Journalists. Reporters did not consider themselves first responders, yet it was clear to everyone listening that they were. What can be done to reach them sooner and offer the help and support they might need as they cover traumatic events?
Livery Drivers. How can we better train taxi, Uber, Lyft and other drivers to respond in medical crises? As Empey and Donnahie pointed out, while 105 victims came to Desert Springs Hospital for treatment, only 11 arrived by ambulance. Most came in the backs of pickup trucks and cars.
Trauma. Trauma doesn’t discriminate, yet when we talk about what people experienced during and after the Route 91 shooting, we tend to focus on the 58 who died and the more than 700 others who were wounded. What about the tens of thousands of people who attended the concert and escaped unharmed, at least physically? What about the tourists, casino dealers, hotel staff and journalists? What about everyone following the story from afar? Who, exactly, suffered trauma from the Route 91 attack?
“You qualify for PTSD diagnosis if you were running past people who were dying,” Frank Ochberg said. “Jenny [Mark-Babij] is as psychologically traumatized as Chris [Babij], who took a bullet. We must train a new generation of doctors to recognize, treat and teach this.”
It’s just as important to remember that trauma travels. We learned this lesson five years ago, when two bombs detonated near the finish line of the Boston Marathon, killing three people and injuring hundreds more. People from around the world had gathered for the event, and when they went home, they took their trauma with them. In a similar way, Las Vegas is a transient city, and the trauma inflicted by the Route 91 attack has spread its tentacles around the country and the world. Yet like Boston, the shooting also brought the Las Vegas community together.
Mental Health Care. How to prevent people slipping through the cracks?
- All first responders—police, fire, hospitals, newsrooms—should appoint an incident commander for mental health beginning on the first day of the crisis.
- People should seek treatment in their own community, where they can rely on friends and loved ones.
- Ensure that journalists have access to mental health clinicians.
- Just as there are many ways to experience trauma, there are many treatment methods available. Different approaches—CBT, EMDR, the Counting Method, among others—work for different people.
Corporate Response. How do corporate concerns with image, liability and bottom line block education, amelioration and prevention after a tragedy? “The defense against legal action thwarts our legitimate right to know,” Ochberg said. “We’ve got a first amendment and it defends freedom of the press and our right to understand what’s going on.”
Gun Violence. The role of the NRA cannot be understated in this tragedy. As Ochberg put it, “The NRA’s posture is to interfere with research on behalf of gunshot survivors to stymie any meaningful attempt to stop the proliferation of guns. I think the NRA likes the idea that guns are available to the mentally ill. They wouldn’t say it in a public statement, but they have interfered with every attempt.”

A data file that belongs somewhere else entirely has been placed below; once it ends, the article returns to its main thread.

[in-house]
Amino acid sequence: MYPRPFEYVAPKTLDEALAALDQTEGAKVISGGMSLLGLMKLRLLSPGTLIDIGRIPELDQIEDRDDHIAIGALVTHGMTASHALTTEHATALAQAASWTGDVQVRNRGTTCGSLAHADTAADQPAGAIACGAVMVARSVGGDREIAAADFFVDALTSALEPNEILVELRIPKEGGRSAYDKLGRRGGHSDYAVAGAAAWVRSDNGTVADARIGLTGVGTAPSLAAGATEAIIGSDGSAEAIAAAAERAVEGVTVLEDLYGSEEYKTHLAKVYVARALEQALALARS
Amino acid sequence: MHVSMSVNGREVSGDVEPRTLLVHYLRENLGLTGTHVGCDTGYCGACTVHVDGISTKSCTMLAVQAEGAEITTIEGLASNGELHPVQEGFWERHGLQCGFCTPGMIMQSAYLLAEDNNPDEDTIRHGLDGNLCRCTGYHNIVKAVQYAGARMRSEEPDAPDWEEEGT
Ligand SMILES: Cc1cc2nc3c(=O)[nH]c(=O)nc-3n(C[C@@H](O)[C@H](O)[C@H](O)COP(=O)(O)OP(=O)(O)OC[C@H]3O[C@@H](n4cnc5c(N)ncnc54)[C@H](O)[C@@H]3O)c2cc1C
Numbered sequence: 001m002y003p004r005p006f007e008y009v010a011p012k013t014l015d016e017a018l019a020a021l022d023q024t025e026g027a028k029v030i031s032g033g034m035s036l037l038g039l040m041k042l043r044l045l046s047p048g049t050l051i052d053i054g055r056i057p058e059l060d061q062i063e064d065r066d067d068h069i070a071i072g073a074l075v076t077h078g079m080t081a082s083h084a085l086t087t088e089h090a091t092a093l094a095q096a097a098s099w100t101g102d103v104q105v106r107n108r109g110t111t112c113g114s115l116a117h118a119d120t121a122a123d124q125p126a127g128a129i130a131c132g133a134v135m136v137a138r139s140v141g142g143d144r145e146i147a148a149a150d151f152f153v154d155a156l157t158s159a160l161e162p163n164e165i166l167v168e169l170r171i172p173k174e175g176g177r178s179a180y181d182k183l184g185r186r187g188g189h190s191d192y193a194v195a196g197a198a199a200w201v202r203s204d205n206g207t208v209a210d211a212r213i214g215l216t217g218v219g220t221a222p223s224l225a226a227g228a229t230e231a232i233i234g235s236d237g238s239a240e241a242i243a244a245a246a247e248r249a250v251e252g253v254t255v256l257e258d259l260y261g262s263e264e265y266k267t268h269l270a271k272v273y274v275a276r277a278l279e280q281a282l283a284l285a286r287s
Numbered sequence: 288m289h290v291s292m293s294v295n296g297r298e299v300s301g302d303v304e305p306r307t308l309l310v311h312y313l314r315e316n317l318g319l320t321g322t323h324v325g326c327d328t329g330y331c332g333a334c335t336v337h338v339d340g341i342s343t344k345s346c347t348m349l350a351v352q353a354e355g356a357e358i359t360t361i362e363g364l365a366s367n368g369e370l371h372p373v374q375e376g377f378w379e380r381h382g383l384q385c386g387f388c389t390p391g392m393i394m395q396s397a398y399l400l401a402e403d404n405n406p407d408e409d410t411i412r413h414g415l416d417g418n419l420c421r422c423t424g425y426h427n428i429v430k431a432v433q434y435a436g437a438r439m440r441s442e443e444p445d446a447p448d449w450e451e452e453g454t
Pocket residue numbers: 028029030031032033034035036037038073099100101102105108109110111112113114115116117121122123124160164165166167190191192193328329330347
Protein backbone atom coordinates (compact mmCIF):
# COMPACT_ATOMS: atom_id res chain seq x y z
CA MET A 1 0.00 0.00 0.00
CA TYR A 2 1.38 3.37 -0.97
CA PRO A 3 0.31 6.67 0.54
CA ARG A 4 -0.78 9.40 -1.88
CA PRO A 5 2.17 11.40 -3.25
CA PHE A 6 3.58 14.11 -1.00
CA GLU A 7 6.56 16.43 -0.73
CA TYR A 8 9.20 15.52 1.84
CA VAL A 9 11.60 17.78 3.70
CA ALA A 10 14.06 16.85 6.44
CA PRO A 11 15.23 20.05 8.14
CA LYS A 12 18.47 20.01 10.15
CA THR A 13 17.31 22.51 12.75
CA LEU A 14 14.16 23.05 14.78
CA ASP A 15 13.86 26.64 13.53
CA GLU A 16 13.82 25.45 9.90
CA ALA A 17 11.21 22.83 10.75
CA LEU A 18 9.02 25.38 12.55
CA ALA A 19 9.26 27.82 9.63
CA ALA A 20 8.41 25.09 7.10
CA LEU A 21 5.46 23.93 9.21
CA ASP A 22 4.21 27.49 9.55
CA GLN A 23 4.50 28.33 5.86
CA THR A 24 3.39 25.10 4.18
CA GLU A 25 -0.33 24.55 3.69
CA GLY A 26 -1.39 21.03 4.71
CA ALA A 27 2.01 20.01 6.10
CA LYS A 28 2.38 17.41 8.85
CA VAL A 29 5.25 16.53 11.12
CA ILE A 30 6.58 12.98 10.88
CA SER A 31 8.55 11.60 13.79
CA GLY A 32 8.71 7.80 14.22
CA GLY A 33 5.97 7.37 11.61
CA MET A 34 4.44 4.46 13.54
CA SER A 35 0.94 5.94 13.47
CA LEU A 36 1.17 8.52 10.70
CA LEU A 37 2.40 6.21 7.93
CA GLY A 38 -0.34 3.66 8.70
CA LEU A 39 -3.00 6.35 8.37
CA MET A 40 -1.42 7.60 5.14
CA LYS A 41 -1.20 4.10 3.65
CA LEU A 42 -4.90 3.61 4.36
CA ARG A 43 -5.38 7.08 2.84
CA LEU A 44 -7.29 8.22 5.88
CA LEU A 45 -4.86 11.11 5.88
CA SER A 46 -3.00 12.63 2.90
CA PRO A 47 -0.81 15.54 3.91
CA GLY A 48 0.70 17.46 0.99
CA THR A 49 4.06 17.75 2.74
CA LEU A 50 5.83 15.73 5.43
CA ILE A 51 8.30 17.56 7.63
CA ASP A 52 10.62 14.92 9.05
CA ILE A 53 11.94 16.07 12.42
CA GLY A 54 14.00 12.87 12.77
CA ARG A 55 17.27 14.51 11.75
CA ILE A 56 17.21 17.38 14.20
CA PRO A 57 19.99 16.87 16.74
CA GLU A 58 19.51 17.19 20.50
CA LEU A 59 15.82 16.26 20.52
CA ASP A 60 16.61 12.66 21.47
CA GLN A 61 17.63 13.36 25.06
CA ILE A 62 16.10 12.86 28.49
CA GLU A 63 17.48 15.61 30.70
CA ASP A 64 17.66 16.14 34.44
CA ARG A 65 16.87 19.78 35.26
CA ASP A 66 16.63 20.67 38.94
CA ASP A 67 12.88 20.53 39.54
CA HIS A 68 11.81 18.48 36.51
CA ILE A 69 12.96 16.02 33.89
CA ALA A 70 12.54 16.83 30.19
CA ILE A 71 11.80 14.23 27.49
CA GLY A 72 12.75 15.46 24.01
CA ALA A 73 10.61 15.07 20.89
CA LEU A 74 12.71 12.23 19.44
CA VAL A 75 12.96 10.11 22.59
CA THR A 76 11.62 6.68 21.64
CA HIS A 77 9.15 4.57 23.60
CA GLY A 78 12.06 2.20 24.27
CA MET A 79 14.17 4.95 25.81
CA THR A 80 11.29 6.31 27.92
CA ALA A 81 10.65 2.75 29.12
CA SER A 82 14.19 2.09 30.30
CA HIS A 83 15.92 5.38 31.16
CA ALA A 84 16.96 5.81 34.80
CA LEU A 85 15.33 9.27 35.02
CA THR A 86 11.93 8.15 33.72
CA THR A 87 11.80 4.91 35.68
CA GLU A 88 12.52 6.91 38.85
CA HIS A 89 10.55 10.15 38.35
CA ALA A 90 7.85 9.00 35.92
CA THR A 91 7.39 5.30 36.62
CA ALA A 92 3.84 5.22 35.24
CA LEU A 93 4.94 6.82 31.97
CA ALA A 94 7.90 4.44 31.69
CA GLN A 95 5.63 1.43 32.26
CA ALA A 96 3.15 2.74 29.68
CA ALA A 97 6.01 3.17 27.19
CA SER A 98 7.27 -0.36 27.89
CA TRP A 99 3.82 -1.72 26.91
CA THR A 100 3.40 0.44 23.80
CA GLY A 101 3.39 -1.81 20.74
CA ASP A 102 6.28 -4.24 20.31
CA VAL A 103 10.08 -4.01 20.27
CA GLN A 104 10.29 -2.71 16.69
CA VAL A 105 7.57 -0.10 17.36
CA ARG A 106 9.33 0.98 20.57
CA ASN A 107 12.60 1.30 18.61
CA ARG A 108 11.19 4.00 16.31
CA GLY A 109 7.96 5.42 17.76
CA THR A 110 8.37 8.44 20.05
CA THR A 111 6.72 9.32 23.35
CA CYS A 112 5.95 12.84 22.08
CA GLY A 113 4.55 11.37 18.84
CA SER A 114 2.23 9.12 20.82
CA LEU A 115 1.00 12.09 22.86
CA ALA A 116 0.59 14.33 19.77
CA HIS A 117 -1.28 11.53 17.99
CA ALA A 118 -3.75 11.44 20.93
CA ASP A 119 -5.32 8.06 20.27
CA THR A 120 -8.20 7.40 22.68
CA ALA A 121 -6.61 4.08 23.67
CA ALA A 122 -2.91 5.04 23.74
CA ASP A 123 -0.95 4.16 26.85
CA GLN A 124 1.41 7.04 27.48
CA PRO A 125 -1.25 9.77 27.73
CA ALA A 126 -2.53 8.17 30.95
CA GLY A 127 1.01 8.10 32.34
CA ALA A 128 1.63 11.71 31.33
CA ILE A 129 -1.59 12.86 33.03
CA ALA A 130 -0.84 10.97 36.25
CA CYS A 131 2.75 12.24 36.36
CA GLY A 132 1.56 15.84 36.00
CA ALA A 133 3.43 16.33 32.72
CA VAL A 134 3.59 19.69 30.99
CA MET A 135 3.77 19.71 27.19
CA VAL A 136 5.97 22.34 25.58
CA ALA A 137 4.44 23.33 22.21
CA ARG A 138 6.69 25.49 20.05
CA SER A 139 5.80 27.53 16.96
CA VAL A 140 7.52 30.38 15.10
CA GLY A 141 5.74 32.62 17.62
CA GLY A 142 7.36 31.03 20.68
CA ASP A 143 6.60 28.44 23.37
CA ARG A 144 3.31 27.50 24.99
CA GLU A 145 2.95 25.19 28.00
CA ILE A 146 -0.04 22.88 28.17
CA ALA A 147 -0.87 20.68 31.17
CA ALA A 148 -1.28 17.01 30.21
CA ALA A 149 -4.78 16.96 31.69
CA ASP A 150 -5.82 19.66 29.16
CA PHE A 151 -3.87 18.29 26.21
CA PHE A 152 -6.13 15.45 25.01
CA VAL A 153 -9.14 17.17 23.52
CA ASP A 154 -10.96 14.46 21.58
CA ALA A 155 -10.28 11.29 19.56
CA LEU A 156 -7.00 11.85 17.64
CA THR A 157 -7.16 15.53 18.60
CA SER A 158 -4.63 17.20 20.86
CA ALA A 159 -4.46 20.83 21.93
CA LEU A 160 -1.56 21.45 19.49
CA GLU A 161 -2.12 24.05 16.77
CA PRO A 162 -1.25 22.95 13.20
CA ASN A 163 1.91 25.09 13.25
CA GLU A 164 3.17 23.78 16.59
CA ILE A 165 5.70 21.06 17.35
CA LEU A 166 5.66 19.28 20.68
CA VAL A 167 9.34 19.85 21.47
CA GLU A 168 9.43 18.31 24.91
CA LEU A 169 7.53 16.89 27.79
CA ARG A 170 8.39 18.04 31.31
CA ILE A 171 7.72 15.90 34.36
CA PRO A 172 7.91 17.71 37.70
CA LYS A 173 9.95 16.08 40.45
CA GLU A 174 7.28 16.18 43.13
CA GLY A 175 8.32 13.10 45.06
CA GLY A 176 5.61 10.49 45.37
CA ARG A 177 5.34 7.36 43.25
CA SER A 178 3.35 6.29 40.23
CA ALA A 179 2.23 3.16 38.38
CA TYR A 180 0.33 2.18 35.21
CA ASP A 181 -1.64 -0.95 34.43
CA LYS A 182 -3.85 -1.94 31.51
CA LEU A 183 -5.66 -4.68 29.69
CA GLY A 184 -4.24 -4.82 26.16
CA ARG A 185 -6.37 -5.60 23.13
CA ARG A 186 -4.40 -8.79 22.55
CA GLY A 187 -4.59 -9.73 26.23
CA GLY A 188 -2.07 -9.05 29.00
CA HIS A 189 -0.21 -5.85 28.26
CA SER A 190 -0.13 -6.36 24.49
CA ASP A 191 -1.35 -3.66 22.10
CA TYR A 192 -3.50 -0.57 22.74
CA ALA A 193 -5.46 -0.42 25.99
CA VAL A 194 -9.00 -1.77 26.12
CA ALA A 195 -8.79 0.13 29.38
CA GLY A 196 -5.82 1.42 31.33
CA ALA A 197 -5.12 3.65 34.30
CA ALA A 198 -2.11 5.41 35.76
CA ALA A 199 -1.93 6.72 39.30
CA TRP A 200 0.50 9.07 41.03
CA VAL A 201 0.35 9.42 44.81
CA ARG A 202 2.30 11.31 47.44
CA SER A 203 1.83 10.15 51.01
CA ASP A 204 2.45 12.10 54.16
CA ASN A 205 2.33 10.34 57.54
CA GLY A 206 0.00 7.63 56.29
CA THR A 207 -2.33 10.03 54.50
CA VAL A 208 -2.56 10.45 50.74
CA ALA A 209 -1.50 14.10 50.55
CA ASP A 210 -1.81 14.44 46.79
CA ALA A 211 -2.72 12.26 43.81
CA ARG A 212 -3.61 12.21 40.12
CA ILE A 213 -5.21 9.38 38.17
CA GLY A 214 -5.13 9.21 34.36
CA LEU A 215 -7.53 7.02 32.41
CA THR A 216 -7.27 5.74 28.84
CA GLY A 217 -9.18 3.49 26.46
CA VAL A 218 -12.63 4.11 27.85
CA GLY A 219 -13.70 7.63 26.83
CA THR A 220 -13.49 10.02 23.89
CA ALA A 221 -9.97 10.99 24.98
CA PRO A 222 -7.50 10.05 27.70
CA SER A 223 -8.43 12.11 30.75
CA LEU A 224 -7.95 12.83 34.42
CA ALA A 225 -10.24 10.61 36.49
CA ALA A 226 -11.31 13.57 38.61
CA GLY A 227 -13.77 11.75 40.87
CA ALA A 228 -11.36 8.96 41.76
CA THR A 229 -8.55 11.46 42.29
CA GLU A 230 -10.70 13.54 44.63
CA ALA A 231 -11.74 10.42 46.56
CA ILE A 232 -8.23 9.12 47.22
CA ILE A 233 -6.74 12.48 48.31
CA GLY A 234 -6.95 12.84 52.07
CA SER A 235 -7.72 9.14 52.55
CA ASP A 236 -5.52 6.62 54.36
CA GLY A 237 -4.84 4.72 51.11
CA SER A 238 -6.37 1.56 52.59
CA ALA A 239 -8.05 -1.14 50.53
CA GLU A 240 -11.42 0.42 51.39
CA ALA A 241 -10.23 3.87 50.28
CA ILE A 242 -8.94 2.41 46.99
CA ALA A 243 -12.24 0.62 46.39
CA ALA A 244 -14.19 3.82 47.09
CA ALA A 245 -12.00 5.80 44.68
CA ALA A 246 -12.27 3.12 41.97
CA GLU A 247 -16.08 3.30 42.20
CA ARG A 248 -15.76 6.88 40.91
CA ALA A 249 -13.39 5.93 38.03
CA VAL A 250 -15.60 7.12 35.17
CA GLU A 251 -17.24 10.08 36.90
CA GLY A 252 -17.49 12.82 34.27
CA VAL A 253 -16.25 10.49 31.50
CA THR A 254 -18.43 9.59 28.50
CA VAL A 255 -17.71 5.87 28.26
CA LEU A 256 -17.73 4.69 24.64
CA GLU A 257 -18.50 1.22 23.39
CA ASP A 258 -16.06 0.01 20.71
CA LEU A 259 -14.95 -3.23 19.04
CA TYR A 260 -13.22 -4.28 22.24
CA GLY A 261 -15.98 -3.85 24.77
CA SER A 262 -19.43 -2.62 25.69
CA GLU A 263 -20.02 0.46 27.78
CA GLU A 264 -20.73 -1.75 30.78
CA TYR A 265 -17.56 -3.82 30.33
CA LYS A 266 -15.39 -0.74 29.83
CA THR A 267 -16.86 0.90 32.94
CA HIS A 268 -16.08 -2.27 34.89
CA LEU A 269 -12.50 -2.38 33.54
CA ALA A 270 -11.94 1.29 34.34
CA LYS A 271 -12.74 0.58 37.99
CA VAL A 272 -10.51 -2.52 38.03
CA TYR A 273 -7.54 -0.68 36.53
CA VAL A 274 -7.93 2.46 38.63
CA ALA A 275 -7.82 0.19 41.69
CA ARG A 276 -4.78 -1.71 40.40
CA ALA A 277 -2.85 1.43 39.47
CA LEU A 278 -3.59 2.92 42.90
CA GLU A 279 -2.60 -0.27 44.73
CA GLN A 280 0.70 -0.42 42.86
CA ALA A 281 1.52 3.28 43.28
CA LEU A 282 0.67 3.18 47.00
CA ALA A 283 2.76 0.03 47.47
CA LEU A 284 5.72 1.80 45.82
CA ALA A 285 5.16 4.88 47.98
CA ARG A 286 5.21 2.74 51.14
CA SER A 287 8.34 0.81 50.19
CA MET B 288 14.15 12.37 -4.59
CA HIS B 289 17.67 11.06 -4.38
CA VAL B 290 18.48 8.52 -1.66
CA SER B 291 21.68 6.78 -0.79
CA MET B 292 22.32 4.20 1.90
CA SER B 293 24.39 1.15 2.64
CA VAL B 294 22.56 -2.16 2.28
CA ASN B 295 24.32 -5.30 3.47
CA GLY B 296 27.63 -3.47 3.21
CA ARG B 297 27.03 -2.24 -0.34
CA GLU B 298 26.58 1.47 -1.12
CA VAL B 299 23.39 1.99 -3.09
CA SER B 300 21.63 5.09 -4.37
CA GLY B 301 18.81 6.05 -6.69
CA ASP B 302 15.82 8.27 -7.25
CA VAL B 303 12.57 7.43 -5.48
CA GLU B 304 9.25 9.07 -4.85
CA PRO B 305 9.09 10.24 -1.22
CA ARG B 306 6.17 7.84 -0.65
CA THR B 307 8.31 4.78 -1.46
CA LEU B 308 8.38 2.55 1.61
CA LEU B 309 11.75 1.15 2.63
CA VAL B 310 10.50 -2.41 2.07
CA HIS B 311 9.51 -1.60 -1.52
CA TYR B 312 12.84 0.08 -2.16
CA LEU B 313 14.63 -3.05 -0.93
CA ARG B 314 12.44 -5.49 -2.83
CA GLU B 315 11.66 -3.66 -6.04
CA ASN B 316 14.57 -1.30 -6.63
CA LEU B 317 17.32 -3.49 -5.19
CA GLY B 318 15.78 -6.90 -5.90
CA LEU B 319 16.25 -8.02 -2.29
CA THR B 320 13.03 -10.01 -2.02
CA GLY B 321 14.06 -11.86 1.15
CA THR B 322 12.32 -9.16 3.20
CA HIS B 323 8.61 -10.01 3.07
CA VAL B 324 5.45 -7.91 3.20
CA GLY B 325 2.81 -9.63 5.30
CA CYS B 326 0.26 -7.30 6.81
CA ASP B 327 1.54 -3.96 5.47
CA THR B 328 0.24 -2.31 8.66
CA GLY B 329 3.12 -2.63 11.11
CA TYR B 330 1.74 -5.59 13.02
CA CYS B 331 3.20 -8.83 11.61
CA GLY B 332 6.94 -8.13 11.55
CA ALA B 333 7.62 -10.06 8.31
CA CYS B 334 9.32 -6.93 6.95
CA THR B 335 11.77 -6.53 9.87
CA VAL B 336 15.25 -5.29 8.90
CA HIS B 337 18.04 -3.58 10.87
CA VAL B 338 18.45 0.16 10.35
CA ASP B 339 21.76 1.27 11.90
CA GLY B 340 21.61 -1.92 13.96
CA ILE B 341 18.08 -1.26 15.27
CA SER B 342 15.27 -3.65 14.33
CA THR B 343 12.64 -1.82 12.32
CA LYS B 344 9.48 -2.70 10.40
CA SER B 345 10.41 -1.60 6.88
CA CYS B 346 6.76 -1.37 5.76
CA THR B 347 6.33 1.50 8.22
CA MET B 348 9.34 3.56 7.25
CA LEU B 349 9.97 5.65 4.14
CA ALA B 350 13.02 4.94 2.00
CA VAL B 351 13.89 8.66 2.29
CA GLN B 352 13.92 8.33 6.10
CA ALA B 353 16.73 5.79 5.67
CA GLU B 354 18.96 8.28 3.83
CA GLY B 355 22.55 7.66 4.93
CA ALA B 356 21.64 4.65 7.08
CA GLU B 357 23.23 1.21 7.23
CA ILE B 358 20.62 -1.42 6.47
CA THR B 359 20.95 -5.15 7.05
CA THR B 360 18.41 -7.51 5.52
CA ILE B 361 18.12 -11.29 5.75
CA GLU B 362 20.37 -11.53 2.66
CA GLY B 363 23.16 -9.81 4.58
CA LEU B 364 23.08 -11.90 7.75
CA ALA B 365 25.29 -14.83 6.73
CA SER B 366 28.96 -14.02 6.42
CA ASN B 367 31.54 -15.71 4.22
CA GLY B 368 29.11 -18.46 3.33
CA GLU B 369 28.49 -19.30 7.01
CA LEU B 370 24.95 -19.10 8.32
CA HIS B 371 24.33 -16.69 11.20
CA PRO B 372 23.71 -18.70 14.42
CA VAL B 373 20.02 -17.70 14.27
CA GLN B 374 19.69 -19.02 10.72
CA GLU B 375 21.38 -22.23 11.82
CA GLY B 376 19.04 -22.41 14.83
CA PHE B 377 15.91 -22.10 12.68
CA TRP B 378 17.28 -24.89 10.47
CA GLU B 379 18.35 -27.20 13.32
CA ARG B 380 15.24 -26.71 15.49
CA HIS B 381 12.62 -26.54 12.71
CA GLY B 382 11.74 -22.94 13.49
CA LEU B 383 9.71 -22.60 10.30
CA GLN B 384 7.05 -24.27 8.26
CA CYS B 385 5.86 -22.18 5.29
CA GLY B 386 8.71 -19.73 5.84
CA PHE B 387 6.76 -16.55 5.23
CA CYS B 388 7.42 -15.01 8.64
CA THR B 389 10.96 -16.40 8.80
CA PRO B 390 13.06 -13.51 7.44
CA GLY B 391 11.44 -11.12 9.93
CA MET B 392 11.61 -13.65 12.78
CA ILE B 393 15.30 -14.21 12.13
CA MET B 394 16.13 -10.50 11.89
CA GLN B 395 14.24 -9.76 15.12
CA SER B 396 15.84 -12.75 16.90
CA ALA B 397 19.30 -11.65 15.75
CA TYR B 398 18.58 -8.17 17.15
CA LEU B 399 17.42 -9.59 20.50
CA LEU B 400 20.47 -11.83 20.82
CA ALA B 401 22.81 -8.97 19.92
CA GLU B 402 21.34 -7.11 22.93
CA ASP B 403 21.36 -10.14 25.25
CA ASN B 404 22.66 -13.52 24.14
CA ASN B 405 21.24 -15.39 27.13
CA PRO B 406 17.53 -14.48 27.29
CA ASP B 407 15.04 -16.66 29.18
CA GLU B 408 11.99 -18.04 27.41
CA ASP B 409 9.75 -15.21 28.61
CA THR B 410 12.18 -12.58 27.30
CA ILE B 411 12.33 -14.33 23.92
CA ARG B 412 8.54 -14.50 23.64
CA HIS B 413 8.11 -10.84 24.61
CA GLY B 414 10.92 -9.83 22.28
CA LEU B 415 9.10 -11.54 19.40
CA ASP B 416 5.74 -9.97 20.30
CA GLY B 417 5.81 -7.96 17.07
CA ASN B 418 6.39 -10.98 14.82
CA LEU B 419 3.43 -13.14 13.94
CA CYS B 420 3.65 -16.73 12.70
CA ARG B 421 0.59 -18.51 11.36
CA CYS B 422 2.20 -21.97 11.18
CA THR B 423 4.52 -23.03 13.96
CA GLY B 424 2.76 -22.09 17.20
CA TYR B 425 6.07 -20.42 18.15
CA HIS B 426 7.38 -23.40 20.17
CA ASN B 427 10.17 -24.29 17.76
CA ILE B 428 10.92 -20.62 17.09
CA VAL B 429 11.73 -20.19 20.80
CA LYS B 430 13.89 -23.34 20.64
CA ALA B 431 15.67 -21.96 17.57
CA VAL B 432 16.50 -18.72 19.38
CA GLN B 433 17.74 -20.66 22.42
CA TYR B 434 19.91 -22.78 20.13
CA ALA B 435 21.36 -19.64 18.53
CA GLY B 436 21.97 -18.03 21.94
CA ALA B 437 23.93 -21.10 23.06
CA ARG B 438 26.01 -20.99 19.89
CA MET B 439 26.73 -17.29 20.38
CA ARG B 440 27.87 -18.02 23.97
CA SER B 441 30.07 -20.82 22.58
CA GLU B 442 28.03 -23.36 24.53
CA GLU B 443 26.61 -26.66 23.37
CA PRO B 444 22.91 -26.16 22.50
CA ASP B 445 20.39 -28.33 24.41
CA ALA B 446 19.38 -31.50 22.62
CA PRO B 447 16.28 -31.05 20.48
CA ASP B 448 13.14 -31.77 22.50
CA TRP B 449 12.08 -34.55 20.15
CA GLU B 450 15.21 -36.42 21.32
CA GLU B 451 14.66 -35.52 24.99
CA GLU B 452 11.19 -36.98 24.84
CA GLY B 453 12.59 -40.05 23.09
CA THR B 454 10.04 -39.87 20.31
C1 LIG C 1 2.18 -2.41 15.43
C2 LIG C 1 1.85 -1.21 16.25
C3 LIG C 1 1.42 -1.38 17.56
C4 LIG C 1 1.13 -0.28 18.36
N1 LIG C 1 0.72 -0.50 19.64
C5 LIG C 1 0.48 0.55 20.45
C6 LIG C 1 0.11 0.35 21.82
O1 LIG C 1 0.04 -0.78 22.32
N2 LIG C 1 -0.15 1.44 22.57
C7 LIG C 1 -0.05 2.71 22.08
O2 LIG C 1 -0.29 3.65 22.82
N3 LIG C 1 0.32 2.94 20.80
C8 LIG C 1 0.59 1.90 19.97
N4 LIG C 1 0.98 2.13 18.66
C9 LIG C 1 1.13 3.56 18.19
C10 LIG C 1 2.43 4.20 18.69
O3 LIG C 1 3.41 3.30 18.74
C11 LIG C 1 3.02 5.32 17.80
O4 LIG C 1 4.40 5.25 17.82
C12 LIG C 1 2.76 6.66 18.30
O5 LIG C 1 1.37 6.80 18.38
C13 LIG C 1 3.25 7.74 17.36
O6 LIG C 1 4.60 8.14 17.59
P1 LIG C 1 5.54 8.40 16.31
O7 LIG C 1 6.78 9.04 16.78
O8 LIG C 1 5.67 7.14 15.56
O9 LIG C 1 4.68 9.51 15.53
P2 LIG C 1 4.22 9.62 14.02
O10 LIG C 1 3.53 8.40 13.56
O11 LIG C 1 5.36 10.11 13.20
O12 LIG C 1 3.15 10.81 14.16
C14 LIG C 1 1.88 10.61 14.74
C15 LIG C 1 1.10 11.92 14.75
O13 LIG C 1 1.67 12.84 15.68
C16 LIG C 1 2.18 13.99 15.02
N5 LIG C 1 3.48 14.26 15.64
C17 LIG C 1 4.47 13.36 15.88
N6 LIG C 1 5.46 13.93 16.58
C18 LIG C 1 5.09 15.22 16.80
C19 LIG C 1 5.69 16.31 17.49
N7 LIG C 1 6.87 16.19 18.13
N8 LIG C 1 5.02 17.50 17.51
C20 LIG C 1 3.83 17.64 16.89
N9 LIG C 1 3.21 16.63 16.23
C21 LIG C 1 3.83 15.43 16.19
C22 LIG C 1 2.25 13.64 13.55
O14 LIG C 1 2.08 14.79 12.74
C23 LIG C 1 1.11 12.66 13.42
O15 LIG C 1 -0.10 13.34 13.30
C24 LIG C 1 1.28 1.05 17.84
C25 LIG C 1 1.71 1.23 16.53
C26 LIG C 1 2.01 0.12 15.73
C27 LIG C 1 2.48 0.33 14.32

Jennifer Longdon, who was paralyzed in a random drive-by shooting in 2004 and is now a disability rights activist who’s running for the Arizona House pointed out that while the Route 91 shooting was a high casualty tragedy, “the number of physically wounded in this incident is equal to four days of everyday gun violence in the U.S.”
Festival Seating. ACIA has the brainpower to create a model regulation for festival seating, including egress plans, loudspeaker communication, capacity limitations, places of refuge, and an active shooter/terrorist incident assessment. “Had something like this been in effect here and complied with, it might have actually made a difference,” said Ned Benton, a professor at John Jay.
Know Your Exits. Could festivals and concerts create apps with exit information? “Something in bold letters: ‘know your exits, know your safe havens.’ More people are apt to look at that than listen to a loud announcement while drinking,” Mark-Babij said.
Memorialization. Who, exactly, would a memorial honor? Victims of the Route 91 shooting? Survivors and first responders? The Las Vegas community? Competing narratives often make the pathway to memorialization challenging, even contentious. And it’s especially tricky in this case, because many victims and survivors live out of state—and because Las Vegas is a city that wants to be celebrated for its energy, not its tragedies.
“What helped me heal was our neighborhood coming together,” Babij said. “Our neighbors brought us dinner every month. It would be nice if the memorial shows everybody involved, not just the deceased, the survivors, first responders, but the community as a whole. Yes, this horrible thing happened, but we survived and it made us stronger and here’s the good that came out of it.”
Longdon shared her thoughts: “Rocks and glass and grass are for the dead. I don’t mean to be callous. It’s offensive that when people still can’t pay their medical bills, can’t get a wheelchair, can’t get in their house or use a bathroom because they can’t afford it, that we’re erecting monuments. It implies finality. What happens to those living with a lifelong, life-altering experience?”
Two memorials sprung up organically: the healing garden and a makeshift memorial at the Las Vegas Welcome sign. After six weeks, the memorial—a collection of crosses, teddy bears and candles—was moved to the Clark County Museum.
By Abigail Jones